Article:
Multidisciplinary and interdisciplinary: WKU dedicates Disaster Science Operations Center

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Jake Moore

WKU’s newly dedicated Disaster Science Operations Center, located in the Environmental Science & Technology Building, brings hands-on experience to students from a variety of disciplines including meteorology, broadcasting, engineering, disaster management, agriculture and communication.

Jake Moore, Co-editor-in-chief

A handful of WKU students, some sporting White Squirrel Weather attire, monitor a cold front developing over the plains. Another group circles up around a table to discuss code with a set of calculations written on the whiteboard behind them.

These students are hard at work in WKU’s newly dedicated Disaster Science Operations Center, another place on campus where students from a multitude of disciplines can take advantage of hands-on experience and applied research.

The DSOC, dedicated Friday morning, is situated inside WKU’s Environmental Science & Technology Building. Projectors, screens and computers are sprinkled across three main rooms to assist students in developing weather forecasts and relaying information to the public.

Joshua Durkee, professor and university meteorologist, waits to take down the ribbon on WKU’s newly dedicated Disaster Science Operations Center on Nov. 4, 2022. (Jake Moore)

Joshua Durkee, professor and university meteorologist, alongside David Oliver, WKU’s director of environmental health and safety, serve as DSOC’s faculty and staff directors.

“[Oliver] and I met in 2013, we started to learn together that weather is one of the biggest disruptors,” Durkee said. “As him and I have worked together over the years, we’ve been reshaping the way we plan for and respond to any type of weather or incident that can happen to campus.”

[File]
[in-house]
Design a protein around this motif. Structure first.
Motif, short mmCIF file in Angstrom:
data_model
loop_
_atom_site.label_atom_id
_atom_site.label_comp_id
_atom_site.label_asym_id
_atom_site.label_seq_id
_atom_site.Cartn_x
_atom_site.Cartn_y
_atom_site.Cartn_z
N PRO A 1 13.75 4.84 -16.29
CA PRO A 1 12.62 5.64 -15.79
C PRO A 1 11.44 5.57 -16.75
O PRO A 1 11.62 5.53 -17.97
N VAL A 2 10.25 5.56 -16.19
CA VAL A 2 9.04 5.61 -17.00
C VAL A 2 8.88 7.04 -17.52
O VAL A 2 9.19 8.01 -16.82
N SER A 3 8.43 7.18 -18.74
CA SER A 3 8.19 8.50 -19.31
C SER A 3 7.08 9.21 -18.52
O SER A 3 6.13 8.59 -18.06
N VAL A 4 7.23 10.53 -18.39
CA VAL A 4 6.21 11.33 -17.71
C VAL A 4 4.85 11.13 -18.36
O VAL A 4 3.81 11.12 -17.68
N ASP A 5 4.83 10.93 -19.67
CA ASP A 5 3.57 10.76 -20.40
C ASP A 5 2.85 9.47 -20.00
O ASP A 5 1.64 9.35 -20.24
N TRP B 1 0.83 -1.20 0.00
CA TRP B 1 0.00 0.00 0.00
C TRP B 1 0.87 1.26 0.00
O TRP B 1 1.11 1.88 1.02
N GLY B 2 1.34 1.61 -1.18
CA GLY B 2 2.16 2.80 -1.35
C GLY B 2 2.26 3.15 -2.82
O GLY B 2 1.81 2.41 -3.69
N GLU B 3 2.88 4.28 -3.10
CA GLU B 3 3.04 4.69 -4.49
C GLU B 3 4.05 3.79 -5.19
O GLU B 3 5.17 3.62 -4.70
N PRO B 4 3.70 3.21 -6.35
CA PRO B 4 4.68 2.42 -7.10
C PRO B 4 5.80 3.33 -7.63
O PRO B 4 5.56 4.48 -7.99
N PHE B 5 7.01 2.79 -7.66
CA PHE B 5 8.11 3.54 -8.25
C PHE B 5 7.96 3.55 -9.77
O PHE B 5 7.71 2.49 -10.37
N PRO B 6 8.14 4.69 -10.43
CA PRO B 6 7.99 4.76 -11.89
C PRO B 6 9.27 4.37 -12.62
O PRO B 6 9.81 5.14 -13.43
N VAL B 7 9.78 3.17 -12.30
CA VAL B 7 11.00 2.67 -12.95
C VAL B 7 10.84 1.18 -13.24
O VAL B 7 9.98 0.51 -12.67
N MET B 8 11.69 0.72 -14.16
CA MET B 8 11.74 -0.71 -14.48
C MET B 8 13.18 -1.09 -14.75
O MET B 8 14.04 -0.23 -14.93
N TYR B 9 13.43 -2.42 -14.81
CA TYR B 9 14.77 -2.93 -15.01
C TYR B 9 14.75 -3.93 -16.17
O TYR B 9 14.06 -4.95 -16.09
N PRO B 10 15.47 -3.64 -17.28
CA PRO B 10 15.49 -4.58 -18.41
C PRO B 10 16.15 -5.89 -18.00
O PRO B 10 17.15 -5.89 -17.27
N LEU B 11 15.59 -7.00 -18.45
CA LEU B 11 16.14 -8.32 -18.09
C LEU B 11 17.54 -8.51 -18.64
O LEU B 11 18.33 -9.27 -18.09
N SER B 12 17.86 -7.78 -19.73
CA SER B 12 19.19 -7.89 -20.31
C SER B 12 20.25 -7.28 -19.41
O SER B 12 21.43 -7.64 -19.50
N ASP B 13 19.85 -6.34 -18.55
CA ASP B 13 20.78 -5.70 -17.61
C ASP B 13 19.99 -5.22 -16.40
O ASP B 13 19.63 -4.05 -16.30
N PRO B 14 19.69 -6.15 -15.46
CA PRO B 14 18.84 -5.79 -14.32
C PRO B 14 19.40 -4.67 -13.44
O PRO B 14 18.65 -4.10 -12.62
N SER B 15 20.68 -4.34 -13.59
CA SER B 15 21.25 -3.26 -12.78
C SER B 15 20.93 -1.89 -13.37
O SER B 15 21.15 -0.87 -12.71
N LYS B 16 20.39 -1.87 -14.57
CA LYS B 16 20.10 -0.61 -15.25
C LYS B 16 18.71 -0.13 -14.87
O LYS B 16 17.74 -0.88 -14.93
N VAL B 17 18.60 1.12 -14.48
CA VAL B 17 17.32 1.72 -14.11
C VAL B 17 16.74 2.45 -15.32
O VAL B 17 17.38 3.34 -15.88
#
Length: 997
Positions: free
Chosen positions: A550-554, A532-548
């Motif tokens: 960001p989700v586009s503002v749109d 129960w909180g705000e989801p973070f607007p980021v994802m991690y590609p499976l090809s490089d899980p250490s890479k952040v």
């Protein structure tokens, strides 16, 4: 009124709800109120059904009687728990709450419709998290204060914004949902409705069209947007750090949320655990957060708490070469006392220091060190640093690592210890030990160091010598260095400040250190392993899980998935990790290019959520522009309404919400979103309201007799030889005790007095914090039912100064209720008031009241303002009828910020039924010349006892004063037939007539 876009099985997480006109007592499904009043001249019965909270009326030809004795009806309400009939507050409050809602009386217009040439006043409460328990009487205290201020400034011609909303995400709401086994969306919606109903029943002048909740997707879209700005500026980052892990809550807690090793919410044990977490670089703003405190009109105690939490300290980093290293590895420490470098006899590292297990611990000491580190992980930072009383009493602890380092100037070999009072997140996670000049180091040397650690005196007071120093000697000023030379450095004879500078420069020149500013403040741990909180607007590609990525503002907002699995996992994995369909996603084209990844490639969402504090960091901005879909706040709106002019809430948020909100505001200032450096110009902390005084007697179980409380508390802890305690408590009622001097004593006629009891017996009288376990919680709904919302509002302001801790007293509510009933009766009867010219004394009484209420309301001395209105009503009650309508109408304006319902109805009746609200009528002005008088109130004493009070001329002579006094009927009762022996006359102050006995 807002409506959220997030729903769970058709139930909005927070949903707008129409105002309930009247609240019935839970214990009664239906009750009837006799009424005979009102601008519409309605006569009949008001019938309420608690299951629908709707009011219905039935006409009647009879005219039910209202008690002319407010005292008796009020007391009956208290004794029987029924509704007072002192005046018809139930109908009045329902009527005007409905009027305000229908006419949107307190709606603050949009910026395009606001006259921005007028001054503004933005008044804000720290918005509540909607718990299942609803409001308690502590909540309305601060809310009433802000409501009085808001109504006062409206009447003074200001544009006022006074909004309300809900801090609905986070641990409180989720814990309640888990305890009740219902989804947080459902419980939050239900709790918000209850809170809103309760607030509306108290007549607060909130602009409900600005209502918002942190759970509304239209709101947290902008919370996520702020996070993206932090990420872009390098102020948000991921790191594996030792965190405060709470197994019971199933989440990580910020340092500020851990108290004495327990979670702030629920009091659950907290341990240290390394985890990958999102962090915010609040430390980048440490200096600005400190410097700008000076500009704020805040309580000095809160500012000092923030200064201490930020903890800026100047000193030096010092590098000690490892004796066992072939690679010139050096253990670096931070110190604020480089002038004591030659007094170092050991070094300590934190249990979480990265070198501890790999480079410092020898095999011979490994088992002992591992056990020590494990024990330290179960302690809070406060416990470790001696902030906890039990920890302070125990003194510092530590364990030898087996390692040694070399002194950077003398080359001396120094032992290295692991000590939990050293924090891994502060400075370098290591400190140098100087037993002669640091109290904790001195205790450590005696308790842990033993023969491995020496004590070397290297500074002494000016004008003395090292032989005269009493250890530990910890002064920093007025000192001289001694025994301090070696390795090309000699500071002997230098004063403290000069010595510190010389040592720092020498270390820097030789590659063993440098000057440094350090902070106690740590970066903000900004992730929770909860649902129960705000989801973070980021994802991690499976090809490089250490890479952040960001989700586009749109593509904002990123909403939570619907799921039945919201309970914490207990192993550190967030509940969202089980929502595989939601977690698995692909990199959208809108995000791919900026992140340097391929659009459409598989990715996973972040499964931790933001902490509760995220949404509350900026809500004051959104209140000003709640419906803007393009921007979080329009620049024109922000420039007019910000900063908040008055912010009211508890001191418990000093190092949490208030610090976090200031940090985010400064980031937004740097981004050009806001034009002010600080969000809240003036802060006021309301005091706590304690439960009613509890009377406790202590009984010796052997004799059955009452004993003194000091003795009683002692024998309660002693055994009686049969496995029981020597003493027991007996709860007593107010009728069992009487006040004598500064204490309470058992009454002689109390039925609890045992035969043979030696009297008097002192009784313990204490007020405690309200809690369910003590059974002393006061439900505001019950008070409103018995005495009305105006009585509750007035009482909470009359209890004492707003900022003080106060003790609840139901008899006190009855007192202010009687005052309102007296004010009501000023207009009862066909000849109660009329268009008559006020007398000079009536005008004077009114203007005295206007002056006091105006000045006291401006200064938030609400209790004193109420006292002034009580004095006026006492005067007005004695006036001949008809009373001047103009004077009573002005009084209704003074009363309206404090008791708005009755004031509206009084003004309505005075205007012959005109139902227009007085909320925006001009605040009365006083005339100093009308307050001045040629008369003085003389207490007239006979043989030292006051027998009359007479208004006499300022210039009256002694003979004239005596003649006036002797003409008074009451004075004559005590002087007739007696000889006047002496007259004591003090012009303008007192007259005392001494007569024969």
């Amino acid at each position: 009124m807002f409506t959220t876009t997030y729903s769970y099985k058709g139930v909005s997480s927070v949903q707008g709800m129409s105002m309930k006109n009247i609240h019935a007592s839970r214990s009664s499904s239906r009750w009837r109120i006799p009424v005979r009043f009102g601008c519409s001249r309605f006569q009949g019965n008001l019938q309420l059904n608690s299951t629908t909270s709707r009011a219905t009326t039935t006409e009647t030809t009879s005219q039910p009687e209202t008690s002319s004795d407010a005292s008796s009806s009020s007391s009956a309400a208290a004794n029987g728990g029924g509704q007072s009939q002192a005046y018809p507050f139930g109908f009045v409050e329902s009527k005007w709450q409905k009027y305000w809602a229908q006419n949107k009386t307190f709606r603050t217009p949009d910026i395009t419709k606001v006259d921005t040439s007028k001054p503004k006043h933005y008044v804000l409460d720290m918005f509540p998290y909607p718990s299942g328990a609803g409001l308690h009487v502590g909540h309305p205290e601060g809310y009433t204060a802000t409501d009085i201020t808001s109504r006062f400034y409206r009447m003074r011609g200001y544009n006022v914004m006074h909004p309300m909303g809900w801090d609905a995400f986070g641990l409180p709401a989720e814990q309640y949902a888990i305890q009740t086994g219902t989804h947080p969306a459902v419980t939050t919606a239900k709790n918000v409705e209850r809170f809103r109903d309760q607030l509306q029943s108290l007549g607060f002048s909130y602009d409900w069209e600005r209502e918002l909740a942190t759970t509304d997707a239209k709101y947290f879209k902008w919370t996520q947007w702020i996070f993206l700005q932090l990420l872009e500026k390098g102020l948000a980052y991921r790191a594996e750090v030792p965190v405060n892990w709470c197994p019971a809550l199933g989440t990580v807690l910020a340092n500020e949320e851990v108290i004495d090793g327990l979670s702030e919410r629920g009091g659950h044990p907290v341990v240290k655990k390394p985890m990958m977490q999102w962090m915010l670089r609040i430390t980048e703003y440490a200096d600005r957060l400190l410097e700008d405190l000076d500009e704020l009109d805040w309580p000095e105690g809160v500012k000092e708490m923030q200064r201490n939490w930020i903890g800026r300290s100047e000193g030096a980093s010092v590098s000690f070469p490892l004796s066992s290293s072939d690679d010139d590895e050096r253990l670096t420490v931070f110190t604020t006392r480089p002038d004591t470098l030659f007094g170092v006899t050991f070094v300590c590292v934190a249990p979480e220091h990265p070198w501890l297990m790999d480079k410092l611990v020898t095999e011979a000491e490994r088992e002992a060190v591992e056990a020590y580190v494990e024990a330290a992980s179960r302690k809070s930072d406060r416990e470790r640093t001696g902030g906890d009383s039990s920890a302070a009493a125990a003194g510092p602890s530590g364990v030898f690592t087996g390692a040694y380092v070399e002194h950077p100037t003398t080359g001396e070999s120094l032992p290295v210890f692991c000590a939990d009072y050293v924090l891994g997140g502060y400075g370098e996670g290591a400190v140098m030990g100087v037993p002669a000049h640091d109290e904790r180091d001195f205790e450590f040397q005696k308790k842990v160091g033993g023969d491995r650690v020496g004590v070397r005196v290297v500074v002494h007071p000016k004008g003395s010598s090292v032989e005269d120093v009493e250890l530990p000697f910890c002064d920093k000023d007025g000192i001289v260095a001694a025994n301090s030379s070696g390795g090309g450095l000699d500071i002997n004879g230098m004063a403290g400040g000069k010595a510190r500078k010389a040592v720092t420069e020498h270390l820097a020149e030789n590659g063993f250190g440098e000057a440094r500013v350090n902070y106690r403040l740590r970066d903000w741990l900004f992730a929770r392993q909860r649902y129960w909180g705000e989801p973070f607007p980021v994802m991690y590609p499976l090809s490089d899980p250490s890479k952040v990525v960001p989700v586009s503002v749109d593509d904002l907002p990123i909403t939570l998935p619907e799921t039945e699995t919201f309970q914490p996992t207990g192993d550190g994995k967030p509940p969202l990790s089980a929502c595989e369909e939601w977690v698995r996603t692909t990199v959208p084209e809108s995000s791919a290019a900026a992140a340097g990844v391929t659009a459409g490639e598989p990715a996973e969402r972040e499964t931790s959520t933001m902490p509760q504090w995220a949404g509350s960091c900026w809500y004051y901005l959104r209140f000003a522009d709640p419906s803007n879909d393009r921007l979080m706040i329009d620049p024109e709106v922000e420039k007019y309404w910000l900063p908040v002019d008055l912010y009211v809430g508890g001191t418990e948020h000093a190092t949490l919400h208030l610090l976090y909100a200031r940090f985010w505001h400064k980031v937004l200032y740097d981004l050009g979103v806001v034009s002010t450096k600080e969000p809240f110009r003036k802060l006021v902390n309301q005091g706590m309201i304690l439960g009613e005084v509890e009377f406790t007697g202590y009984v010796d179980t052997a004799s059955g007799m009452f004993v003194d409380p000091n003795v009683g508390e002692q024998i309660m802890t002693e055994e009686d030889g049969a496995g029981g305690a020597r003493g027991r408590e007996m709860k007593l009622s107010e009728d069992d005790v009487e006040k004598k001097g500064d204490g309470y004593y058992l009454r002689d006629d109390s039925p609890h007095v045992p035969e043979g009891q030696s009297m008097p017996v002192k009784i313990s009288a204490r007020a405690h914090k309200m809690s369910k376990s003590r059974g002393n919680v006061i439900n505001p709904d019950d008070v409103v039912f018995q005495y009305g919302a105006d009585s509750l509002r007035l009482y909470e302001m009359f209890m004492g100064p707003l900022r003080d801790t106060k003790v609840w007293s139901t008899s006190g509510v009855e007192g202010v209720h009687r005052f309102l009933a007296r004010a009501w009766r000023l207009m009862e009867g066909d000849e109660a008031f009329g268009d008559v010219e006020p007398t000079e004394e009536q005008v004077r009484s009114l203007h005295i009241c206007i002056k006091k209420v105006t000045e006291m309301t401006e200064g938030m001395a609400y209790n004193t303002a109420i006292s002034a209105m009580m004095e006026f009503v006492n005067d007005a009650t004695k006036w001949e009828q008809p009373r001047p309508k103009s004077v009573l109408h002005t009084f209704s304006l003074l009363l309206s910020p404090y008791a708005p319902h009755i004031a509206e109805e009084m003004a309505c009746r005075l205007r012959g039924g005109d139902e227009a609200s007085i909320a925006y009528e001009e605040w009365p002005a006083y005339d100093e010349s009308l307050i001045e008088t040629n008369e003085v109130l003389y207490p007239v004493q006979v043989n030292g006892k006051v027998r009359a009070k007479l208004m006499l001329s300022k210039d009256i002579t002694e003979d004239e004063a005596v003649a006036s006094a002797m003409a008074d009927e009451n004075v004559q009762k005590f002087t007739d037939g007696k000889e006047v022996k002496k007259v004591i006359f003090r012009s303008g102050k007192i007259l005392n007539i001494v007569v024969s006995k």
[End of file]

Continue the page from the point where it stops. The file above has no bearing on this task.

The center is a collaboration between White Squirrel Weather, WKU’s meteorology program, WKU’s Department of Environmental Health & Safety, WKU Public Broadcasting and WKU Athletics. DSOC brings students and staff from meteorology, emergency management and Homeland Security Sciences together to improve disaster mitigation and responses.

Projector screens inside WKU’s newly-dedicated Disaster Science Operations Center display information on a cold front on Nov. 4, 2022. Senior meteorology student Joseph Lewis keeps an eye on it to watch for high wind. (Jake Moore)

“DSOC is the only one of its kind at WKU, in that it is rooted in multiple graduate and undergraduate programs in Ogden while it also serves, trains and credentials students across colleges at WKU,” Caboni said.

David Brown, dean of the Ogden College of Science & Engineering, echoed the president’s sentiment.

Graham Martin, a senior meteorology student, points out a cold front being fed by warm air from the Gulf of Mexico on Nov. 4, 2022. Martin said he uses the Disaster Science Operations Center for class, hands-on work and studying. (Jake Moore)

“It’s not just isolated to one program in one building,” Brown said. “There are possibilities to interface with agriculture, to interface with engineering, business, health and human services, education, communications.”

Co-Editor-in-Chief Jake Moore can be reached at [email protected] Follow him on Twitter @Charles_JMoore.